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Campbell River - "Salmon Capital of the World"

First Nation's legend recounts the story of a grizzly bear that tried to reach Vancouver Island by leaping Georgia Straight, despite the warning of the Great Spirit. When his paw touched the ocean he turned into a "Big Rock". When you spot his stony bulk along the shoreline you will have arrived at Campbell River; the entrance of Discovery Passage, the gateway to the North Island, and the "Salmon Capital of the World". Residents celebrate the North Island's natural beauty by carving turns in fresh powdered snow, camping beneath the coniferous canopy, sunning on the white sand of Miracle Beach, or angling for a hit-on-the-line.

Captain George Vancouver reached Campbell River, spanning the 50th parallel, in the late 18th century though First Nations communities had thrived along the bountiful coast for thousands of years. Since the 1880s small logging operators earned their livings by bringing down timber with double-bitted axes and crosscut saws, climbing the height of a tree with wedged springboards and caulk boots. Campbell River was built by hard working pioneers who valued their families, an honest day's work, and respected what nature provided. In time lumber milling, fisheries, pulp and paper, and mining offered alternative careers for breadwinners.

Today, Campbell River has adapted to a changing world. Recognizing the attraction of natural adventure, eco-friendly entrepreneurs have helped to create opportunities for a town that continues to pioneer. Stroll Discovery Fishing Pier after the Farmers' Market, admire the latest carvings of Transformation on the Shore, snorkel with the salmon down the Campbell River, or scuba dive on the sunken HMCS Columbia. Ocean clarity is world renowned in the scuba community, but watch out for the infamous Giant Octopus beneath the Pier. The Award winning Campbell River Museum reveals a history intertwining First Nations and new pioneers. The Museum's mask-story of Siwidi and the Chief of the Undersea World is so compelling you will stay for a second telling; or crowd into the period-theatre to witness the filmed 1958 explosion of Ripple Rock - the world's largest non-atomic explosion to date and recognized as a "National Historic Event".

The 32,000 residents of Campbell River and its surrounding area hold fast to traditions that matter. Since 1924 the elite Tyee Club has awarded membership to those who have landed a 30 lb (plus) Chinook salmon by rowing the Tyee Pool, no motorboats allowed. Roderick Haig-Brown has inspired the desire to protect local rivers through his love of fly-fishing, and adventurers have followed the protected trails of Big Den, Central Strathcona, and the Comox Glacier in Strathcona Park - BC's oldest Provincial Park. Campbell River pays tribute to its traditions at the Campbell River Salmon Festival; Canada's largest logging sport competition, oyster and salmon cook-offs, fishing derbies and fireworks are all part of the celebration.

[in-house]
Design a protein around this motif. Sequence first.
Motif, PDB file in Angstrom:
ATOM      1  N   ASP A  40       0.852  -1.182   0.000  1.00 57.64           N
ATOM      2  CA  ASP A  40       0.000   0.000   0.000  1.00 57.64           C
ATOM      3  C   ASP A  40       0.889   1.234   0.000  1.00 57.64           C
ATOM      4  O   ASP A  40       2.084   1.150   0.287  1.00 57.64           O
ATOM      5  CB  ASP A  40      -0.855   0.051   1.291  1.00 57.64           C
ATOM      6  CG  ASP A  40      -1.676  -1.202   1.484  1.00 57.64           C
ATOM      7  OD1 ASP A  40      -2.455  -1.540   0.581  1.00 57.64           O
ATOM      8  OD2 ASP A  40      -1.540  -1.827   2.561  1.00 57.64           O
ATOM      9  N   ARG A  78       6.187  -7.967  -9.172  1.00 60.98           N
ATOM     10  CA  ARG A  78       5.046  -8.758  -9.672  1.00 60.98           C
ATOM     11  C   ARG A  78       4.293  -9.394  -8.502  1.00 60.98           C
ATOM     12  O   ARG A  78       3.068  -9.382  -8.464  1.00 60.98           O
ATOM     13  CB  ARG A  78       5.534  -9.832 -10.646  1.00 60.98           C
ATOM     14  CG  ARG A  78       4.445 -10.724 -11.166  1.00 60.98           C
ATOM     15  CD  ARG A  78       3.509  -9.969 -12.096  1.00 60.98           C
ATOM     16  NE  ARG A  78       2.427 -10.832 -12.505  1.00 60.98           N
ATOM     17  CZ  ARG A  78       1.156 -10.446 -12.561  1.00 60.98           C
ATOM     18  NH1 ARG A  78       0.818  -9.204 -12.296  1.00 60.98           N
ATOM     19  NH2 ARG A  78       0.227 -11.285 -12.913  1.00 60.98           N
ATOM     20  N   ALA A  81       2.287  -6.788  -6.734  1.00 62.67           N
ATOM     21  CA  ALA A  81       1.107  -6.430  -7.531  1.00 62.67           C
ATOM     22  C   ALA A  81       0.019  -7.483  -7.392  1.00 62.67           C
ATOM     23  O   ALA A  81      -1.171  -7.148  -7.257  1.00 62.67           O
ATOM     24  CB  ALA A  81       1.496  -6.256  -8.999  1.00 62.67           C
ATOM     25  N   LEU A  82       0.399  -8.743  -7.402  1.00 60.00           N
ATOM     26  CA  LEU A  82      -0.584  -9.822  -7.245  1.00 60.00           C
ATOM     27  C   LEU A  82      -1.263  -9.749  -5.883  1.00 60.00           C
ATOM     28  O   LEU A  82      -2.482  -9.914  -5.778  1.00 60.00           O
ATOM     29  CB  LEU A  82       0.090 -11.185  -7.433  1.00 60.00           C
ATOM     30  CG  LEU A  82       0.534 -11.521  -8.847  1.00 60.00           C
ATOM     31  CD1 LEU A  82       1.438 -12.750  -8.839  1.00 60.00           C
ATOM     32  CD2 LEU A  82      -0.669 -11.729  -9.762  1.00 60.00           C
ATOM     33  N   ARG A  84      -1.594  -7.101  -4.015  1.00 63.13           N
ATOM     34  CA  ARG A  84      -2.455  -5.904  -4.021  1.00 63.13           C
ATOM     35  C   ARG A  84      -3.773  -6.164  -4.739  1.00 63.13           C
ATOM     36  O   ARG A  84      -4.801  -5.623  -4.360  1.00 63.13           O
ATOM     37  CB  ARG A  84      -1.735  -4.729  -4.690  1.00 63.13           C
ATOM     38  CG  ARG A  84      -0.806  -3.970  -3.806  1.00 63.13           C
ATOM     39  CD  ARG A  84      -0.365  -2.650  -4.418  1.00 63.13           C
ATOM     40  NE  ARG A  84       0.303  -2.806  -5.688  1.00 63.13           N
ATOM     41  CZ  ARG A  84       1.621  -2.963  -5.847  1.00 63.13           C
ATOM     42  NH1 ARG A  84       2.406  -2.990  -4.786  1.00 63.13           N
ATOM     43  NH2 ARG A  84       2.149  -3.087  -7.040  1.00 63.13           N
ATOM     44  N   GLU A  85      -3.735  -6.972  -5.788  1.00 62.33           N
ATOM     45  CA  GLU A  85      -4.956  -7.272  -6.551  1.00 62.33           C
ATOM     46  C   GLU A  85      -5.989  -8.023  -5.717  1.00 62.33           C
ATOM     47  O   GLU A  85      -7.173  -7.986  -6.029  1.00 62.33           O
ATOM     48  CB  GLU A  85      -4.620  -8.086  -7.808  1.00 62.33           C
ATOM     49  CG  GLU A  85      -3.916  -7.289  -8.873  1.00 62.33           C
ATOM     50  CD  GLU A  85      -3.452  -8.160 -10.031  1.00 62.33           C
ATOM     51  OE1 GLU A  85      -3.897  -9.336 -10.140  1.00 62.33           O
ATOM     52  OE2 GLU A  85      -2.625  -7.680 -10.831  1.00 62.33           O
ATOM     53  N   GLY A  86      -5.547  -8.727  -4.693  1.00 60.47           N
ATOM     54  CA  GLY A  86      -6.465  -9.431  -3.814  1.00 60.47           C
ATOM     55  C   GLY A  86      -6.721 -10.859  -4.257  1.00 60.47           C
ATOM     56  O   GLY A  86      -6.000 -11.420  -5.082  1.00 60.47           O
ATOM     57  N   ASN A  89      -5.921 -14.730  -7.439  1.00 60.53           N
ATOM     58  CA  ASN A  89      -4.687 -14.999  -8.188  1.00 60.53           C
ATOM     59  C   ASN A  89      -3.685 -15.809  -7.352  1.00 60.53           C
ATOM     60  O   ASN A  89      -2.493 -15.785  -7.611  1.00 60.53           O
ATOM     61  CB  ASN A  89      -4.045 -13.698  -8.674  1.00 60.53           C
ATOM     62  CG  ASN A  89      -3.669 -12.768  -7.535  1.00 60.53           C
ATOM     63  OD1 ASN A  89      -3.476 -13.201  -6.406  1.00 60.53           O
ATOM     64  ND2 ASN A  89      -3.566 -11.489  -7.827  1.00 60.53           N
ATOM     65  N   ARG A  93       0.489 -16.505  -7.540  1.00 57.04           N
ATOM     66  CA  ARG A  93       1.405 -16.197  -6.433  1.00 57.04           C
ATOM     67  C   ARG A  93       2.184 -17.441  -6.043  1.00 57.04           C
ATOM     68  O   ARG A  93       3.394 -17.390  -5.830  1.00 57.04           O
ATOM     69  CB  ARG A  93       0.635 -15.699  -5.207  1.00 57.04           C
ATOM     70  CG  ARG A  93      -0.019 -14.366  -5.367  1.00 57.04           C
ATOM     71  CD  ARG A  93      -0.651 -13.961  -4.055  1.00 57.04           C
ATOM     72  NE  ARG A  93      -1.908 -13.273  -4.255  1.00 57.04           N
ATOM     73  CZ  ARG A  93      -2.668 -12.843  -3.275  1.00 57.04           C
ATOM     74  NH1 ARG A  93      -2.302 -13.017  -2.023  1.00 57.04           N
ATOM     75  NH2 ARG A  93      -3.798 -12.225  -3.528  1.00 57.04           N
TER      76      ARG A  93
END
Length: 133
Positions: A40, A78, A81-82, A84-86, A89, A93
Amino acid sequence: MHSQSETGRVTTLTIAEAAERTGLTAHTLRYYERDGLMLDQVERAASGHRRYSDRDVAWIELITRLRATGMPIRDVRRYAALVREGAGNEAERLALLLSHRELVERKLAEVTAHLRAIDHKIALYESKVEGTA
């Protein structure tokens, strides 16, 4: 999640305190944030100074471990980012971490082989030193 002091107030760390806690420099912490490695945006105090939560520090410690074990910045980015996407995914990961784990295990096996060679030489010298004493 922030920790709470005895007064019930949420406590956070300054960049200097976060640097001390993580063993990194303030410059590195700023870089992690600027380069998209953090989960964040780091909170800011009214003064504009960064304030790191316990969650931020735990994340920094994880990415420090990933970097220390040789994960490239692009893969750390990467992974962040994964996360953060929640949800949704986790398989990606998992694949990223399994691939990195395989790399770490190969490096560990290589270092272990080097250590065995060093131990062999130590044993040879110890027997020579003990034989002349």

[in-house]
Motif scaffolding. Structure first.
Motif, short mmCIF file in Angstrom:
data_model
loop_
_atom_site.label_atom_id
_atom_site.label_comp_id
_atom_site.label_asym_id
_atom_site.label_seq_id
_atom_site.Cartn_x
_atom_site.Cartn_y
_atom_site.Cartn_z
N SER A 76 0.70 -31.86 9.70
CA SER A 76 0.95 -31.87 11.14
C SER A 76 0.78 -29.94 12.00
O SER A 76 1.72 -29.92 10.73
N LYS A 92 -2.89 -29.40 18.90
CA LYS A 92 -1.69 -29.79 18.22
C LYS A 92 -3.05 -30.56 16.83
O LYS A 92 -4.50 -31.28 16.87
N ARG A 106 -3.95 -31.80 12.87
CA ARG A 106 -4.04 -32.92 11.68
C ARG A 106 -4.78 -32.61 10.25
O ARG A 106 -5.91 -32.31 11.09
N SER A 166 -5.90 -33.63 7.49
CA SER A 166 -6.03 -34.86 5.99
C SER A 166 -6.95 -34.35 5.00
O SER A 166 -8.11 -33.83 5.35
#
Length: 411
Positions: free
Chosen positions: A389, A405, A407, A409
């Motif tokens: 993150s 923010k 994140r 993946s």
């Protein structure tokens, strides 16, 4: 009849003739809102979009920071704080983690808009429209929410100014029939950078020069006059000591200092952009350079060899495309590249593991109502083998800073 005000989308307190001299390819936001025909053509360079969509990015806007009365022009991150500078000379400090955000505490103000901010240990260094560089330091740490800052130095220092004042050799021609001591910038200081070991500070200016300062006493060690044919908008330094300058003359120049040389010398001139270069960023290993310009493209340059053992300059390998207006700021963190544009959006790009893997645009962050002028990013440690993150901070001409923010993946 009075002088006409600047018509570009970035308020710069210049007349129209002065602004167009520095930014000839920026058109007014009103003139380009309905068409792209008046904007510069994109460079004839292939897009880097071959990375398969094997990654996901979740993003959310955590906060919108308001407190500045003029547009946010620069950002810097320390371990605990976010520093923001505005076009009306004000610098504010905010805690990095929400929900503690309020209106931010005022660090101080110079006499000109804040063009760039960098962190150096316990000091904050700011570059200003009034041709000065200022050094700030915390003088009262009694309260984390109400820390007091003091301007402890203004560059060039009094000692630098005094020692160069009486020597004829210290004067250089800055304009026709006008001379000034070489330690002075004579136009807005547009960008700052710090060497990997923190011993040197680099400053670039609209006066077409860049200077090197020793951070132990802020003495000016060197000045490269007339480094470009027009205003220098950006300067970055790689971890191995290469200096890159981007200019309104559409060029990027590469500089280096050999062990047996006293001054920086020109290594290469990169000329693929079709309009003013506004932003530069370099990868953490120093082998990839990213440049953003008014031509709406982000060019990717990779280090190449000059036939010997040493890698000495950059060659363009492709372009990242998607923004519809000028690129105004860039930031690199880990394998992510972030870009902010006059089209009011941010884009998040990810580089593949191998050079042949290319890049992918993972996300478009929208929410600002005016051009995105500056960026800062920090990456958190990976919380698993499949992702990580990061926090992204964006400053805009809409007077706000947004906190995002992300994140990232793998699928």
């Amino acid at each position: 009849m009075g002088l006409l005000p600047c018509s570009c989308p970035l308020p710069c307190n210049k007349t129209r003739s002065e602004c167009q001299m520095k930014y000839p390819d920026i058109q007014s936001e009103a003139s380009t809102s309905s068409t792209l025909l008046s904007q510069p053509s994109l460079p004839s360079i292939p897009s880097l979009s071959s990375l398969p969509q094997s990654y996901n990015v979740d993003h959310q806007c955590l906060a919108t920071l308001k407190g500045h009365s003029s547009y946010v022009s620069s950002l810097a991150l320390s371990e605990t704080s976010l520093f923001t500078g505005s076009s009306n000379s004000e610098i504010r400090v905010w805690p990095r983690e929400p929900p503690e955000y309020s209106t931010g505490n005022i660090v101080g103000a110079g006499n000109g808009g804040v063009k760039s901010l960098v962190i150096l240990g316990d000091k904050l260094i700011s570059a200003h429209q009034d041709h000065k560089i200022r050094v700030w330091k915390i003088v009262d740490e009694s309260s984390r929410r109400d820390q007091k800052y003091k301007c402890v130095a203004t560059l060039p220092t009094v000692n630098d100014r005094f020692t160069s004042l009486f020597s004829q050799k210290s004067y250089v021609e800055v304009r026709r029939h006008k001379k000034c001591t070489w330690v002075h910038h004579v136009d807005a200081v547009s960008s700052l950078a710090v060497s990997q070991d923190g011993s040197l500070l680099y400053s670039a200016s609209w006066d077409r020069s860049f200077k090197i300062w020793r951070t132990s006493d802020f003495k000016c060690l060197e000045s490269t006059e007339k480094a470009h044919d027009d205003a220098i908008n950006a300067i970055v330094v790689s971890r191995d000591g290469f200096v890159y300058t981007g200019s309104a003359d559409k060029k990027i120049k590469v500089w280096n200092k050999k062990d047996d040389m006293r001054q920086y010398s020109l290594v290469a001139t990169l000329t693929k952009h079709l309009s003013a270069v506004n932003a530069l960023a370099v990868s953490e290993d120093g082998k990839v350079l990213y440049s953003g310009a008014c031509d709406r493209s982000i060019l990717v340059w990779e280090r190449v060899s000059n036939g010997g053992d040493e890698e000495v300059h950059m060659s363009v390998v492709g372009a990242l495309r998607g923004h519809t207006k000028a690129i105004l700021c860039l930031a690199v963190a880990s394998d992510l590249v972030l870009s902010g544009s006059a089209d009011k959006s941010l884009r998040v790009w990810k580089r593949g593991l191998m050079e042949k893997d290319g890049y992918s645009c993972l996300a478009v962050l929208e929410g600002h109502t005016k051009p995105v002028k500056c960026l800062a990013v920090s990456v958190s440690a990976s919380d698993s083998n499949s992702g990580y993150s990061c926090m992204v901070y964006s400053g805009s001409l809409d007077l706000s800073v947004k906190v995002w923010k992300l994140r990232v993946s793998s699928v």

Campbell River is not alone in natural beauty. Quadra and Cortes Islands are short ferry trips from Campbell River and provide a profusion of ecological treasures. Both Islands are home to established arts communities and welcomed retreats from a busy world. Eagles, deer, seal, sea lions, and whales share the Islands' forests, meadows, and waterways. Some of the world's fastest tidal currents run between Quadra and Maurelle Islands at Surge Narrows and Cortes Island is the doorway to Desolation Sound. North of Campbell River, the smaller townships of Gold River, Sayward, Port Hardy, and Port McNeill present a more personal connection to nature and neighbours, and offer excellent real estate options for active lifestyles.

The North Island has grown into an adventure destination for individuals, families, and retirees from across the world; communities offer affordable real estate and one-of-a-kind properties for those who have come to play, relax, or invest. Coast Realty Group (Campbell River) opens the gateway to the rest of your life by putting People.Above all.